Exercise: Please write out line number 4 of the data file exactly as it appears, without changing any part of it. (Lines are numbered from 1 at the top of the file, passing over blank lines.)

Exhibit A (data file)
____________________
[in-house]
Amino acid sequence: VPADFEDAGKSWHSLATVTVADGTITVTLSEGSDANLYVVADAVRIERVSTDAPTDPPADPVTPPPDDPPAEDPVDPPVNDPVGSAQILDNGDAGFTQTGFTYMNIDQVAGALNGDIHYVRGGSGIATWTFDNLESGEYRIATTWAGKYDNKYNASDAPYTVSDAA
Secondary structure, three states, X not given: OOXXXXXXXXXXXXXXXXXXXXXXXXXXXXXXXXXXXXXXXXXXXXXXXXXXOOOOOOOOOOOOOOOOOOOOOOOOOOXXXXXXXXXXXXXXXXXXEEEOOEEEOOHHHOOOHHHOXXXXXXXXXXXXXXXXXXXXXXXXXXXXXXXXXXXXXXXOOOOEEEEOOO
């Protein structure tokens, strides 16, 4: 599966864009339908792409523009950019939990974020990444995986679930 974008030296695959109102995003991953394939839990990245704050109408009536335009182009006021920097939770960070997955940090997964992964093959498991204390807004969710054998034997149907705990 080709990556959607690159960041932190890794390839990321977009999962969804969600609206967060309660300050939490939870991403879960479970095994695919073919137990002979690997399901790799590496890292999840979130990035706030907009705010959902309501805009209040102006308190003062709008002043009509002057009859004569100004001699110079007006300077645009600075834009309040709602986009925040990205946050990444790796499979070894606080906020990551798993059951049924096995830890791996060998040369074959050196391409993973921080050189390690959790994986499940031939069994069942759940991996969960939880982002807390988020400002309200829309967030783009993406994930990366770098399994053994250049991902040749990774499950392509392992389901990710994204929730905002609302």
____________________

């Protein structure tokens, strides 16, 4: 599966864009339908792409523009950019939990974020990444995986679930 974008030296695959109102995003991953394939839990990245704050109408009536335009182009006021920097939770960070997955940090997964992964093959498991204390807004969710054998034997149907705990 080709990556959607690159960041932190890794390839990321977009999962969804969600609206967060309660300050939490939870991403879960479970095994695919073919137990002979690997399901790799590496890292999840979130990035706030907009705010959902309501805009209040102006308190003062709008002043009509002057009859004569100004001699110079007006300077645009600075834009309040709602986009925040990205946050990444790796499979070894606080906020990551798993059951049924096995830890791996060998040369074959050196391409993973921080050189390690959790994986499940031939069994069942759940991996969960939880982002807390988020400002309200829309967030783009993406994930990366770098399994053994250049991902040749990774499950392509392992389901990710994204929730905002609302």